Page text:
This would help free up hospitals, which could then focus on providing emergency and acute care.
Review of care markets
ADASS adds that the future system must be built around the wider implementation of better models of care, centred around giving care provider organisations more certainty around funding and income.
The charity says that properly resourced social care will allow care providers to plan better for the future and invest in technology and innovation.
Additionally, the report outlines that the social care sector should work closely with the NHS to help shape a better future and avoid duplication across the health and social care sectors.
‘Home First’ principle
Equally, ADASS stresses that the future social care system should revolve around supporting people to live independently in their own homes to help them stay in their communities, which could mean a shift away from residential care.
However, the report notes that too many houses currently are inappropriate for elderly and disabled people to live in, and suggests developing a wider and more appropriate stock of housing to ensure people can stay in the places they love for as long as possible, and free up larger housing stock for others who need it.
“To achieve this aim we expect to see a significant national expansion in extra care housing through dedicated funding, with local authorities given an expectation of a significant multiyear programme,” the publication underlines. “We should review current housing rights for people in care settings to strengthen the right to live at home, to remain at home following a change of care needs, and to be discharged home after a spell in hospital.”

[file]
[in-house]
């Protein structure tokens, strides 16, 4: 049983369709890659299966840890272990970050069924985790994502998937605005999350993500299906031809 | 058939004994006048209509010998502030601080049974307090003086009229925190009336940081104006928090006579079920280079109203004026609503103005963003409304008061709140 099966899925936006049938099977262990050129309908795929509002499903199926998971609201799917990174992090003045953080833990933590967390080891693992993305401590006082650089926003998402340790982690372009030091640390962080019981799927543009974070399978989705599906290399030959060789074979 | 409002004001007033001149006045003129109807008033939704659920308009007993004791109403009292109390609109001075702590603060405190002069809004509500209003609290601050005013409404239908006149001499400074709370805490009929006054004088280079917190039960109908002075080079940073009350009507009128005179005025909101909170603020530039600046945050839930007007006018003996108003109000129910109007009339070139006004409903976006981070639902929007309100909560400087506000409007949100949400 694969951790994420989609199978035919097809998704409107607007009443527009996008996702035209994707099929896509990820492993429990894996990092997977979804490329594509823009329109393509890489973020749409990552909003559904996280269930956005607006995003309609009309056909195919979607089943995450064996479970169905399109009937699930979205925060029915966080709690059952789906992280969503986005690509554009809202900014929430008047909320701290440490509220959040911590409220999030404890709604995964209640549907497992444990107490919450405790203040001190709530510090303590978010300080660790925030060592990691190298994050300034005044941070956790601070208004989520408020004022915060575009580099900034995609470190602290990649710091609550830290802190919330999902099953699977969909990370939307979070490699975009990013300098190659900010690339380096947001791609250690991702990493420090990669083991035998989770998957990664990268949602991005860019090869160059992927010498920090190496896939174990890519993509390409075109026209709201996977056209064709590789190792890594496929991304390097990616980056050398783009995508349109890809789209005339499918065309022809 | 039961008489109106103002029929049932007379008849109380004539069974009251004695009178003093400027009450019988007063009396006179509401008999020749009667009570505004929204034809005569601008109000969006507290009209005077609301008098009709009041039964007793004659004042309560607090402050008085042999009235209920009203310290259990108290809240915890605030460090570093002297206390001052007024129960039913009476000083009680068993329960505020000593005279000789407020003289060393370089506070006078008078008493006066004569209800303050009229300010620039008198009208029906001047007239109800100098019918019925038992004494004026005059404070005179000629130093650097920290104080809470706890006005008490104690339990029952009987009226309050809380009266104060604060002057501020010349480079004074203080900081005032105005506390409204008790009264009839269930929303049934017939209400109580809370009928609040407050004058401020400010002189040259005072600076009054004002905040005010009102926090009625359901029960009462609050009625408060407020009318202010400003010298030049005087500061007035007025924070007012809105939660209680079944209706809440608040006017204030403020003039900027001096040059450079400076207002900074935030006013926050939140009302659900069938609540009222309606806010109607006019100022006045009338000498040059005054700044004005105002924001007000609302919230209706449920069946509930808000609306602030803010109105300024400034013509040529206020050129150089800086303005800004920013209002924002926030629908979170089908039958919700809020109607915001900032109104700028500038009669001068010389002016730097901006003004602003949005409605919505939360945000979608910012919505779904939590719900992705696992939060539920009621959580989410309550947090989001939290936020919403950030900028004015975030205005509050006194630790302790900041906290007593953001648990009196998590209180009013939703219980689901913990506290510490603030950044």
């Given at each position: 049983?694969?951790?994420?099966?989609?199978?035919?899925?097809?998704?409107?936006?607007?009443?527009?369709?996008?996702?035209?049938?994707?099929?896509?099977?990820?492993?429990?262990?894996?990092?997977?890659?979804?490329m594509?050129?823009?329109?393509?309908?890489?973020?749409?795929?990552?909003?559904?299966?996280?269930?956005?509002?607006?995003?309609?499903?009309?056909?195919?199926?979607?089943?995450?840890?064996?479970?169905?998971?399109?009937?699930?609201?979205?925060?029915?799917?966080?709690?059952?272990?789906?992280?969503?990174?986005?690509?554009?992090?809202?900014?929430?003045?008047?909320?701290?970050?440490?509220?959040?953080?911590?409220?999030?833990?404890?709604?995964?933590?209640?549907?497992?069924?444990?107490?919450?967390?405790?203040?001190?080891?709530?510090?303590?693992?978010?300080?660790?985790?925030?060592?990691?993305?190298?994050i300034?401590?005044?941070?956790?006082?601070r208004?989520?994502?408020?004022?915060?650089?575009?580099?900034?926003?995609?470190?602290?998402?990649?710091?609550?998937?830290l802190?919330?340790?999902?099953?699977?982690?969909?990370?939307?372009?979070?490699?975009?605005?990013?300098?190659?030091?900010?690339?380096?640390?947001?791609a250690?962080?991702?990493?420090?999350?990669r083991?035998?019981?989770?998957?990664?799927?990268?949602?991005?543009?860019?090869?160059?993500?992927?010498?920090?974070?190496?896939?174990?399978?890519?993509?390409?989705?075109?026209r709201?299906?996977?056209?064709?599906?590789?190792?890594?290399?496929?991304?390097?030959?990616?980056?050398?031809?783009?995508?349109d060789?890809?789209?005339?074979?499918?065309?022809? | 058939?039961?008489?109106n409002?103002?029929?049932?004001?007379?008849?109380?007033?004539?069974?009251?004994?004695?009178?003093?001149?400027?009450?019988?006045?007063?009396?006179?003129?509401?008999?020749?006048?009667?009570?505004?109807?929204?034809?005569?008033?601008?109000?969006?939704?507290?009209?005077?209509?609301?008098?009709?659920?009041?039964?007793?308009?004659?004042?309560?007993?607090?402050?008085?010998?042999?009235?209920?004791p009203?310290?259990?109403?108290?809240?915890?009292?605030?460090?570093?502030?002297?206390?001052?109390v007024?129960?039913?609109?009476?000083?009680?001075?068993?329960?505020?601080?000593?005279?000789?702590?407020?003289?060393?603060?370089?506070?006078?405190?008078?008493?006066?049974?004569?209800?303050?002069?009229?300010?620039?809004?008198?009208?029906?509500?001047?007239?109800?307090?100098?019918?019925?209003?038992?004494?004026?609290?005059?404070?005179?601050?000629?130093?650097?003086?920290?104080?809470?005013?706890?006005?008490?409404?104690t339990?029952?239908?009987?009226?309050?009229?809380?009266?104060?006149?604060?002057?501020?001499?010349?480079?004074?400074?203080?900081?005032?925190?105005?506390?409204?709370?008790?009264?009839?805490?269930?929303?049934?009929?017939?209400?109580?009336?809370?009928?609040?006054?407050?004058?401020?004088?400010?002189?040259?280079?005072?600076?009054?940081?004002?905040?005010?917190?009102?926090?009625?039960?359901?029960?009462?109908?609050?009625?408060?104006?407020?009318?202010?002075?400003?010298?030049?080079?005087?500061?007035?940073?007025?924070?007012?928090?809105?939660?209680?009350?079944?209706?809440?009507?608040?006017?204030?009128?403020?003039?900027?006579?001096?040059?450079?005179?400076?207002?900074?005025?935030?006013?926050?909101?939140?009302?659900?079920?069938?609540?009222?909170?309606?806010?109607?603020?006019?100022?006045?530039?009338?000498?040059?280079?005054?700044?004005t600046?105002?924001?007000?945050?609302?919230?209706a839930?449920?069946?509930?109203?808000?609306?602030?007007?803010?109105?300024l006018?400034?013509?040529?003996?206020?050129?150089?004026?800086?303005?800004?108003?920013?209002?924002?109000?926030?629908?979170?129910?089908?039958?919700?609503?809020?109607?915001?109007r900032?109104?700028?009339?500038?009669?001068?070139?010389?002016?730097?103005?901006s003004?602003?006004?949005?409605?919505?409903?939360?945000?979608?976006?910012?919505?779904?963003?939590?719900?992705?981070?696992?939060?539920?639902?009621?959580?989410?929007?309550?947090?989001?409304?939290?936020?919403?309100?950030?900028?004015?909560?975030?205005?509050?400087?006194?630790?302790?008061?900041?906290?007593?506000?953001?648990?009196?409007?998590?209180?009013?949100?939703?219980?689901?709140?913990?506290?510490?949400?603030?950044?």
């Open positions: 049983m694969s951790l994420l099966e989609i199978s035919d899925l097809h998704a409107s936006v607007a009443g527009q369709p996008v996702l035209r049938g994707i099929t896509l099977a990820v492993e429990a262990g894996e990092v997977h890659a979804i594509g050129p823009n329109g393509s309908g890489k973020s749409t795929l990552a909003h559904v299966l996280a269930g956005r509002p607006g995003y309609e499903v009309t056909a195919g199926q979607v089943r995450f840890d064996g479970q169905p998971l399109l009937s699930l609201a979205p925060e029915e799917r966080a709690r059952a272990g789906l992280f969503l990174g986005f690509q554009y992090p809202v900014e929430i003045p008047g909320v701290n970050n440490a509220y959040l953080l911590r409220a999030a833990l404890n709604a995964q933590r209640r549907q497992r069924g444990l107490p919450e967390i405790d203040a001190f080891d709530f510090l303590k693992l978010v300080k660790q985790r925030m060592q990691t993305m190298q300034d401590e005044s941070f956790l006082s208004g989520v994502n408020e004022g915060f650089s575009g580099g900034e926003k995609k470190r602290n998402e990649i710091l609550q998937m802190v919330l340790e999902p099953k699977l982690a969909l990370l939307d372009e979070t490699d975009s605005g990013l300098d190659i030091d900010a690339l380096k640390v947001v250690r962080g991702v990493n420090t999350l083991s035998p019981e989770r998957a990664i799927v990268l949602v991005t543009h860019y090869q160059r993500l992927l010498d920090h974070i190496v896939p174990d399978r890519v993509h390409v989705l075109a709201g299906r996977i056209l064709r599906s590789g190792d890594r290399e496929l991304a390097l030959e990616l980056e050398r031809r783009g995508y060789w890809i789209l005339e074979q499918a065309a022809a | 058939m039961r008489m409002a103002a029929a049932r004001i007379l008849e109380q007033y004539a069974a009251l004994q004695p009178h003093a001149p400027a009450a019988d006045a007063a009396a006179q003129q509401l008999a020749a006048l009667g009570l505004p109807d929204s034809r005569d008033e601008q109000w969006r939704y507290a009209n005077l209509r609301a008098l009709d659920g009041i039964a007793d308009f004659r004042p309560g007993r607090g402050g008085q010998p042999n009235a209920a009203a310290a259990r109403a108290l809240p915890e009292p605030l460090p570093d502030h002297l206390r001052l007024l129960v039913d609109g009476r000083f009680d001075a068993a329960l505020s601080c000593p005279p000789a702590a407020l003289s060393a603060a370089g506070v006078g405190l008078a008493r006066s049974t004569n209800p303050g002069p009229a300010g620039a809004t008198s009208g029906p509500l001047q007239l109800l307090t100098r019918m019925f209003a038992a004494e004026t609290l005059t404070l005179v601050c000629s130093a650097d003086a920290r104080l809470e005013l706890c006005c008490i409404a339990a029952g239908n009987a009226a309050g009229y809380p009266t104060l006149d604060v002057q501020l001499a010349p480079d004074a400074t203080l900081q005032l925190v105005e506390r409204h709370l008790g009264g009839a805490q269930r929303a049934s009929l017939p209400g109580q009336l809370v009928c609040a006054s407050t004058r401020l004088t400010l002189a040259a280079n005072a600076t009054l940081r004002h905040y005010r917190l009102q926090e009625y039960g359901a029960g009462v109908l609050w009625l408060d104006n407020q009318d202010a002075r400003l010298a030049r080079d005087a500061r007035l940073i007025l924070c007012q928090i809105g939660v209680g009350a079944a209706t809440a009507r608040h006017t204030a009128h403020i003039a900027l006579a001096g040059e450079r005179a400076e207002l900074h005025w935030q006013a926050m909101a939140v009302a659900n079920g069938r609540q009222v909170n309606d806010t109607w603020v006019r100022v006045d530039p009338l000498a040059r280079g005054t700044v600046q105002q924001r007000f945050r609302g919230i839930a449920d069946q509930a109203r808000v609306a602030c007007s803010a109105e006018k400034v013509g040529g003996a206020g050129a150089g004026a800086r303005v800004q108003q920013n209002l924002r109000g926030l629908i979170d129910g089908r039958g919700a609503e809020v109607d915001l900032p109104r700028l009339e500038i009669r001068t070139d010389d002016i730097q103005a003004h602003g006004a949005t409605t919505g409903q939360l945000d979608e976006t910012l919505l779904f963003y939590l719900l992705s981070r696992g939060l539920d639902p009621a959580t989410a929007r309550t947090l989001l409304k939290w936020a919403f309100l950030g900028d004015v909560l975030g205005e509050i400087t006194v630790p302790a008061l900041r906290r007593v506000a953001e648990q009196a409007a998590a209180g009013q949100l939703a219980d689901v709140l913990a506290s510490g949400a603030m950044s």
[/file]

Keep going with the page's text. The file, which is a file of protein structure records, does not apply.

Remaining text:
A workforce strategy
The report importantly underlines that the current social care workforce has been undervalued by the rest of society, with social care workers typically being paid less than their NHS colleagues; too many people being unpaid or only paid at minimum wage; and insufficient training and development support.
As part of the chance to change the social care system, ADASS says that a social workforce strategy should be implemented. This would involve proposals for a national care wage and progressions to reward the vital work that social care workers carry out.
The report also suggest removing zero hour contracts, providing paid sick leave, offering more flexible working conditions, and investing in training and development.
“We need a comprehensive national strategy that encompasses both paid and unpaid carers,” ADASS underlines.
Prioritise access to technological and digital solutions
Noting that the coronavirus pandemic has seen the rapid uptake, integration and normalisation of assistive technology solutions across the health and social care sectors, the charity says the future social care system should continue to harness the power of technology solutions.
This could be in the form of online consultations, communication through apps, and telecare solutions for remote monitoring and care. The report says that utilising assistive technology solutions will enable people to live better quality lives and stay connected.
ADASS is a registered charity that aims to further equitable social care policies and plans; further the needs of those who need social care services regardless of their backgrounds and status; and promote high standards of social care services.
The charity’s members are current and former directors of adult care or social services and their senior staff.